Civil Disobedience

Eight years ago tomorrow, two amazing things happened. My nephew was born, making “Auntie” the most important piece of my identity, and a black man became President of the United States.

With the inauguration looming like a dark specter, my first impulse with this entry was to start there. With the bad news. But the truth is, there is so much more good news, and that is what I want to talk about. Trump has gotten enough free publicity, and I’d rather talk about people who are truly newsworthy.

My nephew turns eight tomorrow, and even though Trump will be inaugurated, record-breaking numbers of protesters are expected. According to The Washington Times, between 25,000 and 30,000 people protested Nixon’s inauguration, around 20,000 protested George W. Bush’s inauguration, and 200,000 are estimated to protest Trump’s election. The following day, up to 200,000 people will gather in Washington, DC for the Women’s March and there are 616 Sister Marches around the world with more than 1.3 million estimated attendants.

Not to mention that the Women’s March released its Guiding Vision and Definition of Principles and they are inclusive and intersectional and were collaborated on by some amazing women in amazing women’s organizations.

Last I checked, 65 members of Congress were boycotting the inauguration and flitting around Facebook today were all of the things people were planning to do instead of watching the inauguration. Not that there will be much to watch, what with Trump’s inability to book relevant artists to perform. In confirmation hearings in the Senate, Trump’s nominees for his cabinet have been met with a phalanx of Democratic (and independent) Senators who, while not having the votes to stop the nominations, have been able to create distance between the positions of the nominees and the president-elect, and in some cases have exposed exactly how unqualified and ethically compromised these people are.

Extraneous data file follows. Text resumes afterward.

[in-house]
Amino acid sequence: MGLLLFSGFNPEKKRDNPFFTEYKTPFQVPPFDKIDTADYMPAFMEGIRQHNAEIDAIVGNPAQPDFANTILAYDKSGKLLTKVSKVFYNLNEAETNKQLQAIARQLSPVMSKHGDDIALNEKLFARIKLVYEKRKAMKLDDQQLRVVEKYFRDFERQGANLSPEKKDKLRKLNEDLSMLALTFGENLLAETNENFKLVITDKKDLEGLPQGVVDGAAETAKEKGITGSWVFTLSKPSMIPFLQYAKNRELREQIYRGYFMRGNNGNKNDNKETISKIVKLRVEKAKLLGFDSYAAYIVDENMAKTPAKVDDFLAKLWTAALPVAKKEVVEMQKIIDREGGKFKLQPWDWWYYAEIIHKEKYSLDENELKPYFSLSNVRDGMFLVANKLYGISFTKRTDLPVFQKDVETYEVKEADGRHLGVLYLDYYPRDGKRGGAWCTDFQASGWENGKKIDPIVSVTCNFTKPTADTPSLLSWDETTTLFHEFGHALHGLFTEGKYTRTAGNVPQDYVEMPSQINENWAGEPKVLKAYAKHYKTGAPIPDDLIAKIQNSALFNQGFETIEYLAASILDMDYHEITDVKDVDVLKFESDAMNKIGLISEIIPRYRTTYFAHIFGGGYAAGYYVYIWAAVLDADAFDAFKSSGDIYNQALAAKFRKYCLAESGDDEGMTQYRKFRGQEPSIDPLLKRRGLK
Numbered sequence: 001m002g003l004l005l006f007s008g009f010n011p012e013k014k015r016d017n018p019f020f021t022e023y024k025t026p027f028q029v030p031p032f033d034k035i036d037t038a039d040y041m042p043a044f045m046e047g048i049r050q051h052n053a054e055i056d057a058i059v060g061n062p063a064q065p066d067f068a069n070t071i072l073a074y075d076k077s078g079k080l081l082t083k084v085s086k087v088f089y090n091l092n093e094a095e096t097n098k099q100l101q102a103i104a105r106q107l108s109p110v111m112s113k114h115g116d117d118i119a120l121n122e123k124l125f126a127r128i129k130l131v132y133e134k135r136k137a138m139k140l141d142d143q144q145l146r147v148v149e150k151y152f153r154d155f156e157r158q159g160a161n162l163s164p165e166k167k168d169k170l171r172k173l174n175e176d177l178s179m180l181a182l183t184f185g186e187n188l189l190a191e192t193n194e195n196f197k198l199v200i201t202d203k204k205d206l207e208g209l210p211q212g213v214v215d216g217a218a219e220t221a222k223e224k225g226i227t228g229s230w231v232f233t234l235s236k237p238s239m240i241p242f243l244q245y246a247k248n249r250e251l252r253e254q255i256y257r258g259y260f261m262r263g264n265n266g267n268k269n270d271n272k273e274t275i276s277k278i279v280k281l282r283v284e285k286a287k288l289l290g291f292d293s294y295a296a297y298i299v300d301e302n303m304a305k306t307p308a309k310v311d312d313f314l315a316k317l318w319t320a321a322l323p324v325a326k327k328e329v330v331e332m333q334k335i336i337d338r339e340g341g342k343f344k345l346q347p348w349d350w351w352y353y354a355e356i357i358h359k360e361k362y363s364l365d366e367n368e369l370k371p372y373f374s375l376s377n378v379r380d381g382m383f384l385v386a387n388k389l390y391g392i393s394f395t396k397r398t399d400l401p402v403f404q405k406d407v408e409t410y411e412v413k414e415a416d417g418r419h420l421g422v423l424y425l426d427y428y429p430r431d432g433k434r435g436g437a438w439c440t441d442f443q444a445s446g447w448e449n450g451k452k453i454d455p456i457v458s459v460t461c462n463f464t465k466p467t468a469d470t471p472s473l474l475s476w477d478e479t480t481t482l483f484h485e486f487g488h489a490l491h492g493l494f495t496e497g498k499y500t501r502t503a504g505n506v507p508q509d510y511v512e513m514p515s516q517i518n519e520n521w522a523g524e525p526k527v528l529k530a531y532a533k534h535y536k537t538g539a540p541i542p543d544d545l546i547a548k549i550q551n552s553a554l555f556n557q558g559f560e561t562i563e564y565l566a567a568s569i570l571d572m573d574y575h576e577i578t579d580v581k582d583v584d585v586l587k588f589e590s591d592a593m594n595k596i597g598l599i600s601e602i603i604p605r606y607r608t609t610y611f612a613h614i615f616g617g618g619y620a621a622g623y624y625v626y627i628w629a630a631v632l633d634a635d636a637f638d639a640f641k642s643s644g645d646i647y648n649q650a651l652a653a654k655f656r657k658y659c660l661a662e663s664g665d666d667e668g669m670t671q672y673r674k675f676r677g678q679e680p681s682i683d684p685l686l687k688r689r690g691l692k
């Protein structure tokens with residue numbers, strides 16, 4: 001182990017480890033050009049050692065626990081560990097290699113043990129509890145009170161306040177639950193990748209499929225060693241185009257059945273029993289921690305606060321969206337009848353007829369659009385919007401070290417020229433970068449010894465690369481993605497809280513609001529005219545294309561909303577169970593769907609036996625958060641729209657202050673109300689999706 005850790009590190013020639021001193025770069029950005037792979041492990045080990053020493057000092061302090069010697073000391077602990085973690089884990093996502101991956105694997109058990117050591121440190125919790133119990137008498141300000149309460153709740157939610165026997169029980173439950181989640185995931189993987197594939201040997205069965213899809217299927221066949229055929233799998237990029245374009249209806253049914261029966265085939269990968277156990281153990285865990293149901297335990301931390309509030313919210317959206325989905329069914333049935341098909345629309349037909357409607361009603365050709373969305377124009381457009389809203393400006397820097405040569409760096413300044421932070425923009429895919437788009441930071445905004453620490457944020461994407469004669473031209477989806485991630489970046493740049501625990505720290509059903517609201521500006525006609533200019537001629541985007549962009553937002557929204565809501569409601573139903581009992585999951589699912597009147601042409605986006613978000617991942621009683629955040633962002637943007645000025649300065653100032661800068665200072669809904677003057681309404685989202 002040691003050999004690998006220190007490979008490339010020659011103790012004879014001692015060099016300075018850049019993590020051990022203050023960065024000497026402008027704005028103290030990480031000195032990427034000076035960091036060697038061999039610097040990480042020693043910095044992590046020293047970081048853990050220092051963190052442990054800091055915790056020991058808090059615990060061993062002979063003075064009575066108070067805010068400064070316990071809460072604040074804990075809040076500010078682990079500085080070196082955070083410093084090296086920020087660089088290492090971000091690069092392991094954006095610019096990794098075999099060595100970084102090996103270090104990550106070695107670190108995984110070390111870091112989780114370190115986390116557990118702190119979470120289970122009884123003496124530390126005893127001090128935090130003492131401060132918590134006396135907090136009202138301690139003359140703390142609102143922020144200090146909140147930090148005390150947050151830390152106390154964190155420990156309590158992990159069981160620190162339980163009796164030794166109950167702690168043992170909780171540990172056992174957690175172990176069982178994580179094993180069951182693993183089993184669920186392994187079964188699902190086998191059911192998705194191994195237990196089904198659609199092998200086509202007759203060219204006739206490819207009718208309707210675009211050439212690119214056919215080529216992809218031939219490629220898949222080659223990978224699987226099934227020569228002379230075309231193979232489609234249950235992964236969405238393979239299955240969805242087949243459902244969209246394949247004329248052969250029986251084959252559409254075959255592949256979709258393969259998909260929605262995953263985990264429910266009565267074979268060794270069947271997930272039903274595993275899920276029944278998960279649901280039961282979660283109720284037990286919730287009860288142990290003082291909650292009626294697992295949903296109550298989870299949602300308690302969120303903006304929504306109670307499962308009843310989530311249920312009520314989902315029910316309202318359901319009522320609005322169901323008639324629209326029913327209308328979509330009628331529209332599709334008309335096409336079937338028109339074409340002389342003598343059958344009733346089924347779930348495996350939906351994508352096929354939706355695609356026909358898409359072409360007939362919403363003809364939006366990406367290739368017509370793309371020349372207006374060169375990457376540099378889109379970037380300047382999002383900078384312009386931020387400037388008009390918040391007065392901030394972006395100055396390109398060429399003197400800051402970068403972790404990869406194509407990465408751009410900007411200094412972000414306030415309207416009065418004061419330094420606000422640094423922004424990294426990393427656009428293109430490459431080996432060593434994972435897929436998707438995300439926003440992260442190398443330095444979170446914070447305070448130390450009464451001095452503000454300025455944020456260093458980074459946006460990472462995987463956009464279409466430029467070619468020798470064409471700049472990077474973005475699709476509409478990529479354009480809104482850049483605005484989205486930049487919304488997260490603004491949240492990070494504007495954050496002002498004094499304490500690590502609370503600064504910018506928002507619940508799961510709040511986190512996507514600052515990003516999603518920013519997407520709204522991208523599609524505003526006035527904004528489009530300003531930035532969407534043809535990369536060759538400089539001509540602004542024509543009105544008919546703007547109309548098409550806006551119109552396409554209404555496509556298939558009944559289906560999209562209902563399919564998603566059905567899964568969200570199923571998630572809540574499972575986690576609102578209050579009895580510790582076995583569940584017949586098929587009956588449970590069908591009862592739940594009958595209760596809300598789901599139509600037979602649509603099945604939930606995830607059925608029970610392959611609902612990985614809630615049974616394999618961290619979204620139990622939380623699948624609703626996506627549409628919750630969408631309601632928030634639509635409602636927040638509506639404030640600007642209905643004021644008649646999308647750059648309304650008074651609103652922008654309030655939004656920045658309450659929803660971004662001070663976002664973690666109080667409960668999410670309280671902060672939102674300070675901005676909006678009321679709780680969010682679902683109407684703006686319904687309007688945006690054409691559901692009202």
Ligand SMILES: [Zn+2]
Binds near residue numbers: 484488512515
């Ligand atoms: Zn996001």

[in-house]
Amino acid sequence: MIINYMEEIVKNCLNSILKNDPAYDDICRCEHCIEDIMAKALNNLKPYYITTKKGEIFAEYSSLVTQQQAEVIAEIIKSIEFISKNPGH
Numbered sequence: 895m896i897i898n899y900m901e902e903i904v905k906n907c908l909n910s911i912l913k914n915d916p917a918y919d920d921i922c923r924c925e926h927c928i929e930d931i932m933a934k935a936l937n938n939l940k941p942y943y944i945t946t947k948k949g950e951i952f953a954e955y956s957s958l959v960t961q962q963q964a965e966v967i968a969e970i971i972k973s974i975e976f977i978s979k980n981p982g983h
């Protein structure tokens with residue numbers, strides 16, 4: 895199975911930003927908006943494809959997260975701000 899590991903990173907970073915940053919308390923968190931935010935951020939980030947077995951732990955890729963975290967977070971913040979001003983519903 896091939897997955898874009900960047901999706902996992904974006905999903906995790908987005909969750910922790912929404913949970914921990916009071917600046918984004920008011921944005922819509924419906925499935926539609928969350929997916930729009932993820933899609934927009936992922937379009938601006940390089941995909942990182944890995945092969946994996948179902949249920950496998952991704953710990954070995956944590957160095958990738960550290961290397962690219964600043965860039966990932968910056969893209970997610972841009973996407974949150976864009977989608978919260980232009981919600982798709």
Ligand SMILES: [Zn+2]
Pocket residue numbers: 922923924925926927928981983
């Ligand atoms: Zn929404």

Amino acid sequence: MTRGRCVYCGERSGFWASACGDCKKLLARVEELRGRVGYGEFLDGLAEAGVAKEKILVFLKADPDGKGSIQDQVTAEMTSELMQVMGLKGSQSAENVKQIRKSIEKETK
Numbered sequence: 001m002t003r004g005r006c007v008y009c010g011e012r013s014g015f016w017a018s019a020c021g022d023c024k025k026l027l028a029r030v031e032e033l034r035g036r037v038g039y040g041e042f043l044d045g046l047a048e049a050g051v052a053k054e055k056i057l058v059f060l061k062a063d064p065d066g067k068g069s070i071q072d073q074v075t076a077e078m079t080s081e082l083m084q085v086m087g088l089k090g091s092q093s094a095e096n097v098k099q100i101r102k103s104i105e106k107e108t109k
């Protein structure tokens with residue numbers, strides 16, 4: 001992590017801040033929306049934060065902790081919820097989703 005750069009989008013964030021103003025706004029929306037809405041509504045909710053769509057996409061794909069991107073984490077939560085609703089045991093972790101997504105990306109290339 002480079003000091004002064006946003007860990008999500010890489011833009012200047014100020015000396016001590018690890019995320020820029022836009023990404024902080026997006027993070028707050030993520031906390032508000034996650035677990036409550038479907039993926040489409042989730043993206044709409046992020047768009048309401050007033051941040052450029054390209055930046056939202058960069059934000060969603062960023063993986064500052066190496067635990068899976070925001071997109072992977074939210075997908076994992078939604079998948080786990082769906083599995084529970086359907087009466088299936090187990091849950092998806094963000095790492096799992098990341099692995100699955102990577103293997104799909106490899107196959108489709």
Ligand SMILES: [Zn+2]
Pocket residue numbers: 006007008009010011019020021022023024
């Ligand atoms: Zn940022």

I was thinking about my nephew today, an almost-eight year old who wears his heart on his sleeve, loves Star Wars and legos, would do almost anything to get a dog, and who writes notes to tell you about his feelings when they’re too hard to express out loud. I was thinking about how cool it was that he was born on Inauguration Day when Obama was elected, and how that joy was soured by him having to share his day with a monster.

I was thinking about the example of masculinity set by Obama and Biden, two men who are unafraid to be emotional, to be openly loving and demonstrative not only with their wives and daughters but with their sons (well, Joe’s) and with each other. It is rare to see such an openly loving male friendship with this kind of public spotlight. I was thinking about how powerful that was, but also that my little man will probably not remember this.

But he will remember Trump, and the example of masculinity that he sets–exploitative, competitive, full of false bravado and insecurity, viewing everyone in his world, but especially the women, as his present- or future-property. My nephew doesn’t have to like (he doesn’t) or directly emulate (he won’t) Trump, because that toxic masculinity will seep into and out of the culture that he has to live in.

This had me fretting. You might not know this about me yet, but I’m a fretter.

But writing this blog helped me put this in perspective. He’s not sharing his day with the monster, because the monster can’t even get people to treat it like his day. My nephew gets to share the day with people standing up and taking action to fight for the future world he deserves, and that’s something to be proud of.

With Martin Luther King Jr. Day on Monday and a slew of racist bills being proposed here in North Dakota and aimed at weakening the protests of indigenous peoples and their allies at Standing Rock (#NoDAPL), the idea of protest has been especially present in my brain this week. In the early days and weeks of the protest at Standing Rock, I realized that because of the success of MLK’s non-violent protests in the Civil Rights Movement, and the way it’s been taught to us and packaged in the popular culture, people have the belief that non-violent protest is and always has been the only acceptable way to protest. There seems to be this idea that this is not–and has never been–up for debate.